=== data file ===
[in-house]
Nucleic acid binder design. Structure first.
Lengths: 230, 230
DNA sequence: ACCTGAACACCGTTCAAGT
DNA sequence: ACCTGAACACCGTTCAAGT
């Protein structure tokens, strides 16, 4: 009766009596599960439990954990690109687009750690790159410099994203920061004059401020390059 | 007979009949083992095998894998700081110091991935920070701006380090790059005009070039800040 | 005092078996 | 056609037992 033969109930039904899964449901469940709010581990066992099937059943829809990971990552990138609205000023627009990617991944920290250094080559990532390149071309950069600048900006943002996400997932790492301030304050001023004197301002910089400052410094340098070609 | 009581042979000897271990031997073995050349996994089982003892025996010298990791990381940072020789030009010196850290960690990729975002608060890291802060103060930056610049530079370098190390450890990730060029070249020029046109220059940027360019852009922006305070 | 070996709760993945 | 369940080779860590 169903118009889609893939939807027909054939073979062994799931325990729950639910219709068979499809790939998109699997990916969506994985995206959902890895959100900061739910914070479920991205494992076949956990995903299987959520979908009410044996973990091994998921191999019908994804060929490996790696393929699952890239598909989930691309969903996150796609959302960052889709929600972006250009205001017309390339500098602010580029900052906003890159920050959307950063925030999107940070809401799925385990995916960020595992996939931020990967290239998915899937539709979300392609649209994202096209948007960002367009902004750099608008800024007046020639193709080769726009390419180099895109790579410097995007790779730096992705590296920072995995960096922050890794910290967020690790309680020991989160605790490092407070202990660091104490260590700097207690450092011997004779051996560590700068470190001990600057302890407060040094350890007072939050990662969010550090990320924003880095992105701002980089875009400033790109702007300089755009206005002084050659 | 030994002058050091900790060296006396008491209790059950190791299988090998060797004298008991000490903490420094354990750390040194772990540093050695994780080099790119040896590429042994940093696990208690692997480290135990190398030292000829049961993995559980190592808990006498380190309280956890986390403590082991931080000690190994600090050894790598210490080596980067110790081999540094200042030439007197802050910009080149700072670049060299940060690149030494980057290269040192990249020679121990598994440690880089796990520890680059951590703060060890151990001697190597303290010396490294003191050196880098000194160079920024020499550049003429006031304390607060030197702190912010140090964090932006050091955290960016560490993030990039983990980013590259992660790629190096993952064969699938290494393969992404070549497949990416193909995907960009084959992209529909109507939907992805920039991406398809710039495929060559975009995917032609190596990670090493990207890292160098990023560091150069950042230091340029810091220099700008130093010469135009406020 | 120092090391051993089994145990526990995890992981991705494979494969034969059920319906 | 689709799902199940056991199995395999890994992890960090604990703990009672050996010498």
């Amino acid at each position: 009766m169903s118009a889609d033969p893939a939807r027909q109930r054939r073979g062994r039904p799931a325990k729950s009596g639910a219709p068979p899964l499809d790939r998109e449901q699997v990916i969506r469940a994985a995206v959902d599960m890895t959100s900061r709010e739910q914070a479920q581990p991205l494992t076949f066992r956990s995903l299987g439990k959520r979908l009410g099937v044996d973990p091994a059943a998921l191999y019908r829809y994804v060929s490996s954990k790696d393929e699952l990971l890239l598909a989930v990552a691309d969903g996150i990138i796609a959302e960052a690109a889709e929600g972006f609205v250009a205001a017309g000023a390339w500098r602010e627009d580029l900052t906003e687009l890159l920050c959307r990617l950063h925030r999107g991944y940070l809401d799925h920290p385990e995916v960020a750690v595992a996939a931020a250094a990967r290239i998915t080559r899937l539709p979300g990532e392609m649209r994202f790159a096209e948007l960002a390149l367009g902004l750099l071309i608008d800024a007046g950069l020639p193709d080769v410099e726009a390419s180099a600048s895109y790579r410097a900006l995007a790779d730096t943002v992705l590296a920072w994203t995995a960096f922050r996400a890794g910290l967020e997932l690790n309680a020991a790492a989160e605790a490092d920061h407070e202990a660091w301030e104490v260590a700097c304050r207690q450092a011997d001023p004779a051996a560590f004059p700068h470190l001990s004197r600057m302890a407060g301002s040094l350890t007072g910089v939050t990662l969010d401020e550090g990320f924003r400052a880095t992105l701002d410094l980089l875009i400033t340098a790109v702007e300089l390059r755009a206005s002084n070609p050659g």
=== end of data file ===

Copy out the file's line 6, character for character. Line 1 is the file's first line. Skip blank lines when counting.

């Protein structure tokens, strides 16, 4: 009766009596599960439990954990690109687009750690790159410099994203920061004059401020390059 | 007979009949083992095998894998700081110091991935920070701006380090790059005009070039800040 | 005092078996 | 056609037992 033969109930039904899964449901469940709010581990066992099937059943829809990971990552990138609205000023627009990617991944920290250094080559990532390149071309950069600048900006943002996400997932790492301030304050001023004197301002910089400052410094340098070609 | 009581042979000897271990031997073995050349996994089982003892025996010298990791990381940072020789030009010196850290960690990729975002608060890291802060103060930056610049530079370098190390450890990730060029070249020029046109220059940027360019852009922006305070 | 070996709760993945 | 369940080779860590 169903118009889609893939939807027909054939073979062994799931325990729950639910219709068979499809790939998109699997990916969506994985995206959902890895959100900061739910914070479920991205494992076949956990995903299987959520979908009410044996973990091994998921191999019908994804060929490996790696393929699952890239598909989930691309969903996150796609959302960052889709929600972006250009205001017309390339500098602010580029900052906003890159920050959307950063925030999107940070809401799925385990995916960020595992996939931020990967290239998915899937539709979300392609649209994202096209948007960002367009902004750099608008800024007046020639193709080769726009390419180099895109790579410097995007790779730096992705590296920072995995960096922050890794910290967020690790309680020991989160605790490092407070202990660091104490260590700097207690450092011997004779051996560590700068470190001990600057302890407060040094350890007072939050990662969010550090990320924003880095992105701002980089875009400033790109702007300089755009206005002084050659 | 030994002058050091900790060296006396008491209790059950190791299988090998060797004298008991000490903490420094354990750390040194772990540093050695994780080099790119040896590429042994940093696990208690692997480290135990190398030292000829049961993995559980190592808990006498380190309280956890986390403590082991931080000690190994600090050894790598210490080596980067110790081999540094200042030439007197802050910009080149700072670049060299940060690149030494980057290269040192990249020679121990598994440690880089796990520890680059951590703060060890151990001697190597303290010396490294003191050196880098000194160079920024020499550049003429006031304390607060030197702190912010140090964090932006050091955290960016560490993030990039983990980013590259992660790629190096993952064969699938290494393969992404070549497949990416193909995907960009084959992209529909109507939907992805920039991406398809710039495929060559975009995917032609190596990670090493990207890292160098990023560091150069950042230091340029810091220099700008130093010469135009406020 | 120092090391051993089994145990526990995890992981991705494979494969034969059920319906 | 689709799902199940056991199995395999890994992890960090604990703990009672050996010498």